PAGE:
Africa’s booming cargo market attracts international interest


As one of the world’s fastest growing economies, Africa presents a world of possibility for the airfreight industry. However, to fully realise the potential of the continent, it’s crucial for key players in the sector to invest in logistics infrastructure, building trade hubs that can meet the booming demand in the market. 

Qatar Airways Cargo currently serves 28 cities in Africa with a mixture of freighter and belly-hold services, carrying up to 2,800 tonnes to and from Africa, adding to that network at the start of May with the launch of Qatar Airways Cargo’s first cargo hub outside Qatar. 

Africa is home to a diverse economy, as businesses look to build better connections, create new markets and grow inward investment across the continent. 

In collaboration with RwandAir, the new hub lays the building blocks to allow Qatar to expand a future-oriented African air cargo network, meeting the 3%-5% annual economic growth forecast for the continent over the next decade. 

READ: Qatar Airways Cargo launches Kigali Africa Hub in partnership with RwandAir

Proud to be partners 

Making its mark in Kigali, Rwanda has taken the steps needed to lay the groundwork for a long-term partnership with the country’s carriers and cargo handlers. Having established bilateral trade agreements, Qatar Airways and Qatar Investment Authority have invested in Kigali International Airport and RwandAir, opening the door to a strong partnership with the African carrier. 

“We are proud to partner with RwandAir in establishing Kigali as the Central African hub in preparation for the Next Generation of air cargo on this fast-growing continent,” Guillaume Halleux, Chief Officer Cargo at Qatar Airways Cargo said. “The natural fit comes from natural complementarity. If you look at a map of the world and you look at their stations and our stations, they complement each other.” 

“We picked Kigali for a number of reasons – one of which was the appetite of the Rwandan government to develop their infrastructure. We are confident that, as our product grows and our needs will grow, the government will support us by developing the infrastructure that is needed.” 

“Here, we not only have a plan but we are firm about it. That’s why we picked Rwanda as a base.”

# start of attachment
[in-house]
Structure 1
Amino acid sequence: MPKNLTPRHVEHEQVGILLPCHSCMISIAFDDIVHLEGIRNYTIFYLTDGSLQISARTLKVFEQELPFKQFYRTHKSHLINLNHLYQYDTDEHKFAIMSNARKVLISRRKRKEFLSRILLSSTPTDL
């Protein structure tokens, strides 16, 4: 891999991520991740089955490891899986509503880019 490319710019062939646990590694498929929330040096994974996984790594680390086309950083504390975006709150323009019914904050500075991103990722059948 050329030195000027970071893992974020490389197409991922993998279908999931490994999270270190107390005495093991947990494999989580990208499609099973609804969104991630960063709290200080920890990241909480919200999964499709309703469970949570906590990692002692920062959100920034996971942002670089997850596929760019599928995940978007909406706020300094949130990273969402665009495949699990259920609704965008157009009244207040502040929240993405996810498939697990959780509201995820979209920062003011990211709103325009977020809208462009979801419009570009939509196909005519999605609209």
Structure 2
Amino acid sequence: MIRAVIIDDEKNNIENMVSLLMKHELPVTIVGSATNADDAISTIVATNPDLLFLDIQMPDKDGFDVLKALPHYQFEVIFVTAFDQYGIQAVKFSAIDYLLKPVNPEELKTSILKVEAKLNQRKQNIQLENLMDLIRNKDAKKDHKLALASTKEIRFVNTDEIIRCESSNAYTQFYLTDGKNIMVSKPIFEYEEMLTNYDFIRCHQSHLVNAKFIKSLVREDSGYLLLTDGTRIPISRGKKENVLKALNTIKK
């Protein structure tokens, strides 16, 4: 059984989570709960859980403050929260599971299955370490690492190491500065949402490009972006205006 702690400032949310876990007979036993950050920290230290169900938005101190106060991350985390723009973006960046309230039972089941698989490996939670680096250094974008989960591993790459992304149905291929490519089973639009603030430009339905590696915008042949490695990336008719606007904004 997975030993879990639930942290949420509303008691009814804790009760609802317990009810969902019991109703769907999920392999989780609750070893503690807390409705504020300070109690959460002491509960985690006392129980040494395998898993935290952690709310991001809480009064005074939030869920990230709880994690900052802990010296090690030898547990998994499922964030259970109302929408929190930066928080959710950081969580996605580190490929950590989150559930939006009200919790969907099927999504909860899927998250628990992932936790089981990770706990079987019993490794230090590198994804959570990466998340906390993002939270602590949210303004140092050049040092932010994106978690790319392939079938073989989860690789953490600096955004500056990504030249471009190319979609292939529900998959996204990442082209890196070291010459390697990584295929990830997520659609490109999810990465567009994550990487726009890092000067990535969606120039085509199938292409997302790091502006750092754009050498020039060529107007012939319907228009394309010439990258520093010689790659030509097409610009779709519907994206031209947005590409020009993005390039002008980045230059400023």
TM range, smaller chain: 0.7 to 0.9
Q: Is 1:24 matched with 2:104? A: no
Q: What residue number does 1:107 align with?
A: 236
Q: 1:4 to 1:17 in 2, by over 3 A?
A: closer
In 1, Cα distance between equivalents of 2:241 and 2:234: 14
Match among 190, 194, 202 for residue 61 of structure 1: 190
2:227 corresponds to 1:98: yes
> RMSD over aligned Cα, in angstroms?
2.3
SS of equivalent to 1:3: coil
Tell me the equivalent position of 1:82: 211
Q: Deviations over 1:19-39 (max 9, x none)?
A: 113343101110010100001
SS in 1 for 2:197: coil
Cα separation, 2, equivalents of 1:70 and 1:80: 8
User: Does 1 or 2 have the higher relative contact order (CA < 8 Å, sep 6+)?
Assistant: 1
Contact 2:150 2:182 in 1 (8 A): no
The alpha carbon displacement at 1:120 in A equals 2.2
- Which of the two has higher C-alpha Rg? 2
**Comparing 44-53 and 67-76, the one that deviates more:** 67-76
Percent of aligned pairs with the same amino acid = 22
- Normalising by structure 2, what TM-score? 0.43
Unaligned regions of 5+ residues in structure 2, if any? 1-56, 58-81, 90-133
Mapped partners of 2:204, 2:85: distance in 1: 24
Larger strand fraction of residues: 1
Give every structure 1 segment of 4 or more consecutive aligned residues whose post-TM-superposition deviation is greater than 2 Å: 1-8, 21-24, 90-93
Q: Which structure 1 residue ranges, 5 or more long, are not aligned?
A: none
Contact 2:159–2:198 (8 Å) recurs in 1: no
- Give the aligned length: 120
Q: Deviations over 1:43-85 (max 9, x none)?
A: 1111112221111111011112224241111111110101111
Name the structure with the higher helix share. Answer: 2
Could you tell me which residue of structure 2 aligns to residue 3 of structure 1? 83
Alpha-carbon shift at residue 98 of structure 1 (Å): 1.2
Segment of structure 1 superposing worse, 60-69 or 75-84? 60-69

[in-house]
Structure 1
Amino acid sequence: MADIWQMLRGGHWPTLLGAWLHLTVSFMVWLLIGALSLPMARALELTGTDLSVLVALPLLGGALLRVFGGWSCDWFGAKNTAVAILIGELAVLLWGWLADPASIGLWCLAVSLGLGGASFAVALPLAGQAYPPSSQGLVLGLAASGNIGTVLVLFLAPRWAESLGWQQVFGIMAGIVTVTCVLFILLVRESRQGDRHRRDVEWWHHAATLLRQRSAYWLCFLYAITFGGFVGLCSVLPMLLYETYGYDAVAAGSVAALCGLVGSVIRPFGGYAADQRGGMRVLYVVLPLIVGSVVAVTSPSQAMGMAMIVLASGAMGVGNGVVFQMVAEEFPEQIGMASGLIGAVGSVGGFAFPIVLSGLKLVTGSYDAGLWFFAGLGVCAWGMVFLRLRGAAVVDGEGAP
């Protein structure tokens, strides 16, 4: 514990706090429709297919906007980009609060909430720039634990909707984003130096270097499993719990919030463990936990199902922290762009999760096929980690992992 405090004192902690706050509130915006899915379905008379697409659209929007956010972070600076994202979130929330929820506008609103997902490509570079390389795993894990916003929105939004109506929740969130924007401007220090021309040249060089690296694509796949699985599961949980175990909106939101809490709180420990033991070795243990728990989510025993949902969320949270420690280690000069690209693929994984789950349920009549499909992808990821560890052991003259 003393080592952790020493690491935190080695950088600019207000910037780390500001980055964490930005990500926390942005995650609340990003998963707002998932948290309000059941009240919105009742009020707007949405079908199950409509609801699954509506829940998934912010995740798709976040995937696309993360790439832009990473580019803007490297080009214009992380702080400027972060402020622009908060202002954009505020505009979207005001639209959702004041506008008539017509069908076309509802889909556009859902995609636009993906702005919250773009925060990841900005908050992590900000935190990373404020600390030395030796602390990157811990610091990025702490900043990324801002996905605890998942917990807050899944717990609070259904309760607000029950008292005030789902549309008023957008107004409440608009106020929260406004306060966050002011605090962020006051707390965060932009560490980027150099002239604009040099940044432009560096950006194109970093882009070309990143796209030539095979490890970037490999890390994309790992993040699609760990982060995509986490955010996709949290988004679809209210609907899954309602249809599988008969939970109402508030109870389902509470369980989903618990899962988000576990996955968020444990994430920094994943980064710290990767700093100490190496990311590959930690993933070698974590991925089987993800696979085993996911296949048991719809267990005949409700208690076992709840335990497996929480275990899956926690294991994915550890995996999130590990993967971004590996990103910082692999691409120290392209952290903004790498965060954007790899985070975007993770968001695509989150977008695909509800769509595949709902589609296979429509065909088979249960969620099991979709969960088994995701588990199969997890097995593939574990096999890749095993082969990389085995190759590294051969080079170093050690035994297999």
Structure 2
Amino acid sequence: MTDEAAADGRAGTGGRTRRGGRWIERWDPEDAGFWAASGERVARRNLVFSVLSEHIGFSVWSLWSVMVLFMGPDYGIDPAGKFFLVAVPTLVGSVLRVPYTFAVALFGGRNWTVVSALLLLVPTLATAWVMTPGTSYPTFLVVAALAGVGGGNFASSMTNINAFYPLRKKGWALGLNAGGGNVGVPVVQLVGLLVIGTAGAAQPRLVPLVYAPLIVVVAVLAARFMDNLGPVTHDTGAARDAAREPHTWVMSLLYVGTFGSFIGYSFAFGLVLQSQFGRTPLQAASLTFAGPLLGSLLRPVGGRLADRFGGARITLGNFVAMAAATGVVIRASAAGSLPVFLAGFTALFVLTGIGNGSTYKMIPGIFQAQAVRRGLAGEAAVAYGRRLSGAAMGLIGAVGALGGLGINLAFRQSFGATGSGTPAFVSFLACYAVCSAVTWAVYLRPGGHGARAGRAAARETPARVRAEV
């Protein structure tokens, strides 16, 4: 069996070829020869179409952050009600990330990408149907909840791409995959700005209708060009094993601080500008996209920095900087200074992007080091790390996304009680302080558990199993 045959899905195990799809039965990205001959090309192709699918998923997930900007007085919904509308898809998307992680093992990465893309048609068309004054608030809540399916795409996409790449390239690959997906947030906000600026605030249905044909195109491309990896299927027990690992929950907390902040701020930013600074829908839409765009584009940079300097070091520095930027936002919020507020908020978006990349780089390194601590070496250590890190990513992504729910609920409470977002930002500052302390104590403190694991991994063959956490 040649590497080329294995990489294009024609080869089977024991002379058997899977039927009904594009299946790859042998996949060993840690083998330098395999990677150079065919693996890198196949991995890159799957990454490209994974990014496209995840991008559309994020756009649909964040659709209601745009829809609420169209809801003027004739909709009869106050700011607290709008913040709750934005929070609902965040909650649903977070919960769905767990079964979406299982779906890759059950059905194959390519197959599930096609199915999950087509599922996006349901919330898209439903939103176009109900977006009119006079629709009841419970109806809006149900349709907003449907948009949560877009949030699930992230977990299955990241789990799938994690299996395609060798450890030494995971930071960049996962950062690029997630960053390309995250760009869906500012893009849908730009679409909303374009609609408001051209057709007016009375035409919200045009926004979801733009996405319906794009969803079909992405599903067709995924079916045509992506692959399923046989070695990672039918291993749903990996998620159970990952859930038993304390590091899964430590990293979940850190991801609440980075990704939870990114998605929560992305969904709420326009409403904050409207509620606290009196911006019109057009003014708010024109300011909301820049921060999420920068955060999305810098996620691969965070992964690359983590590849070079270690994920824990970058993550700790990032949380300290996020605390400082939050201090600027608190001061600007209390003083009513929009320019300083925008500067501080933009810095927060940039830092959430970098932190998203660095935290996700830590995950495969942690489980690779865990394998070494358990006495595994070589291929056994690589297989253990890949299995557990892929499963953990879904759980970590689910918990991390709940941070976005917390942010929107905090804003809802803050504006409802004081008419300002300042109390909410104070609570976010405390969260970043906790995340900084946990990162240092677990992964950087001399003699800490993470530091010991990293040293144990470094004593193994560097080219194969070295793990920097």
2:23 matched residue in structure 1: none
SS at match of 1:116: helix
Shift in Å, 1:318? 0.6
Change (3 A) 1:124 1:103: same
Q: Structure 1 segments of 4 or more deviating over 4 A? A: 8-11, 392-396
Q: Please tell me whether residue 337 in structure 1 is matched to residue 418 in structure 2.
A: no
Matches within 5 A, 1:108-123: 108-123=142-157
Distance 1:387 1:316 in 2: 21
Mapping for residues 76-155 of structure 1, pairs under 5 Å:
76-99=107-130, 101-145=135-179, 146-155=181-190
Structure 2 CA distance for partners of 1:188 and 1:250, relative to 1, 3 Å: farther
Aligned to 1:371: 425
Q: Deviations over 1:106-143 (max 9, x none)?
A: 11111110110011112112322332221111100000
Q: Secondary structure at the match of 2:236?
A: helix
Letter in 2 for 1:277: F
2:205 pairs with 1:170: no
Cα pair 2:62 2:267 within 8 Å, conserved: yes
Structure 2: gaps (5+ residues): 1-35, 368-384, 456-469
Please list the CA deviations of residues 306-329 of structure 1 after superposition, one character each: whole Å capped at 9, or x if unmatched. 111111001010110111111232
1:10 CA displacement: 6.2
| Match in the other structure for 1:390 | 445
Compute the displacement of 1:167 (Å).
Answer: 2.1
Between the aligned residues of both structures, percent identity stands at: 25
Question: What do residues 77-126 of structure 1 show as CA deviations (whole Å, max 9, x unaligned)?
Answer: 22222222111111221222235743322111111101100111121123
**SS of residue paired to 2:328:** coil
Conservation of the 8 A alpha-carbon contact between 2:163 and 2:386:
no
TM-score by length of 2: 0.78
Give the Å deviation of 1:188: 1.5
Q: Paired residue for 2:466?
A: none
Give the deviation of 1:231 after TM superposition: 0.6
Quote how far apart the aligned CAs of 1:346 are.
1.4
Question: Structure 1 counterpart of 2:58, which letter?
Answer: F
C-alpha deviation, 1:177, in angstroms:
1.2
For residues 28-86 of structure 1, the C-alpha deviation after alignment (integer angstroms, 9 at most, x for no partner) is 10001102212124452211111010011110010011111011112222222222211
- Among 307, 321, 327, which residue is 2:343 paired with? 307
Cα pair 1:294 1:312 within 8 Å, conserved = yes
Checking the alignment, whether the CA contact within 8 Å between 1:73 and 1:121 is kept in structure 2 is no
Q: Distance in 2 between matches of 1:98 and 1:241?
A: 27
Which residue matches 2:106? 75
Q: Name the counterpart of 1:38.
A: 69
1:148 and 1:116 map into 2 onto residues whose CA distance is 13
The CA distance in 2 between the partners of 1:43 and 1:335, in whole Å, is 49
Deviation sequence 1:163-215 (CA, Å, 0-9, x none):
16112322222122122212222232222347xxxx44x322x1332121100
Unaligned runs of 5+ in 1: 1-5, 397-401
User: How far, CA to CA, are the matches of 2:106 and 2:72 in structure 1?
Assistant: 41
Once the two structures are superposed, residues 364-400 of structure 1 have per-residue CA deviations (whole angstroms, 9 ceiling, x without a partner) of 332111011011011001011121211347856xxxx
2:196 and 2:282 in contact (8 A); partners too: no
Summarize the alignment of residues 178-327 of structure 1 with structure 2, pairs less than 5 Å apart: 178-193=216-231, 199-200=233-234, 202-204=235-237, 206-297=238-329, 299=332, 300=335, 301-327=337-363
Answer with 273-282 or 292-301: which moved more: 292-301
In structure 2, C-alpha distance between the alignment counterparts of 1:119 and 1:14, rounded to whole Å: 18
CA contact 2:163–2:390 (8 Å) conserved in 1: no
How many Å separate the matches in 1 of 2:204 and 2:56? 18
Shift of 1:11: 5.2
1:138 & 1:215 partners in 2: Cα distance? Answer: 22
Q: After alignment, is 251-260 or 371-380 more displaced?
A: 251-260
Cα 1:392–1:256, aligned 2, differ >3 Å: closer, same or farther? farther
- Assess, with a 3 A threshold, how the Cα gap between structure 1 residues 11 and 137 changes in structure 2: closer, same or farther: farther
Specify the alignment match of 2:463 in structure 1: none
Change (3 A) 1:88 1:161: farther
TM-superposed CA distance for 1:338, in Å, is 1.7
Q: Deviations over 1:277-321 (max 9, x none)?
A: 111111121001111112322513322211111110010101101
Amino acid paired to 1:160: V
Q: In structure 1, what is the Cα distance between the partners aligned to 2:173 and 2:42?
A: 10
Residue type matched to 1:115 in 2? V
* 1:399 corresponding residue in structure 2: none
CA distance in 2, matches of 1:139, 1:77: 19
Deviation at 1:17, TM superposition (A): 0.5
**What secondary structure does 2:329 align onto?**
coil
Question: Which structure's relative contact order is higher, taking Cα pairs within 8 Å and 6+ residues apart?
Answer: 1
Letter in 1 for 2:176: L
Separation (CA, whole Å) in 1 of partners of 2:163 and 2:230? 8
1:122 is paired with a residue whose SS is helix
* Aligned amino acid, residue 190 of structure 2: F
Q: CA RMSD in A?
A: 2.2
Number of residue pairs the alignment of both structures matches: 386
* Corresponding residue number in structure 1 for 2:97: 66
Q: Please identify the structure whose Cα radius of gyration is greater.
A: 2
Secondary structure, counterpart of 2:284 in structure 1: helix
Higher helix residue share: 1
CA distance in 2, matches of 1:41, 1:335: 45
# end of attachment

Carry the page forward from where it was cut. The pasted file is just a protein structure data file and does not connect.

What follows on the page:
For Qatar, the Kigali-based facility will allow its customers to benefit from a reliable intra-African network, boosting service levels, improving efficiency and offering a competitively-priced solution. This new hub will also meet the growing demand across Africa to further empower the continent’s businesses, powering economies throughout the region. 

Showing its dedication to ensuring top tier service for its customers, QAS Cargo, a subsidiary of Qatar Airways, worked with a team on the ground at RwandAir Cargo to improve handling performance ahead of the official launch. 

A Qatar Cargo Boeing 777 aircraft will fly from Doha to Kigali, twice a week. Since March, Qatar Airways Cargo has created an intra-Africa service between Kigali and Lagos and a weekly service from Istanbul via Doha to Kigali, all operated by an Airbus A310 aircraft. 

These are the foundation stones of an ever-growing African network. 

The move comes two years after Qatar Airways and RwandAir launched an extended codeshare. 

“We already have a relationship with Qatar Airways. Our two countries worked together very well. Qatar Airways is investing in the new airport that is being built. It makes perfect sense for RwandaAir to partner with the biggest handler and it’s worked very well,” RwandAir CEO Yvonne Makolo added.

READ: Qatar Airways Cargo relaunches its Next Generation Pharma product

More potential on the horizon 

Ensuring timely deliveries through its extensive road feeder service network, the airline’s freighter fleet, including two Boeing 747-8 freighters, two Boeing 747-400 freighters, 26 Boeing 777 freighters and one Airbus A310 freighter, delivers a range of cargo. 

“Africa as a region has pretty much no specificities in terms of cargo type when it comes to import. For export, you’re looking mostly at perishables. But, also, e-commerce – that segment of the market is rising the most,” Halleux highlighted. 

“This is really the opportune time for this kind of partnership because what we’re going to see is a lot of trade between African countries which has not been there before,” Makolo said. “There’s a lot of potential to capitalise on that.” 

Utilising freighters and belly-hold capacity on passenger flights, Qatar Airways Cargo serves a global network of more than 70 freighter destinations and more than 150 passenger destinations. As the world’s leading international air cargo carrier, Qatar Airways Cargo is always on the lookout for partners and destinations that can enhance its offering to customers. 

That’s why, while celebrations were fresh at the launch of the new hub, Qatar was clear that it is not resigning itself to having one key facility or hub across Africa, as it looks to add more destinations in the continent at a later stage. 

Looking to build air bridges between nations, Qatar is looking to focus on China to Africa, seeing it as a “poorly served” route today. 

“We are convinced that there’s a lot more potential than is visible today,” Halleux explained. “Every time we open a new country and service, it creates a connection with the rest of the world and an opportunity for exportations.” 

“With the rise of e-commerce today, with three clicks of a mouse you are able to place an order from China or the US and get it delivered within a few days. But for that you need to have connectivity.” 

“The more you connect, the more you stimulate the appetite for orders in many places and I’m convinced that we will see this with our project in Africa.”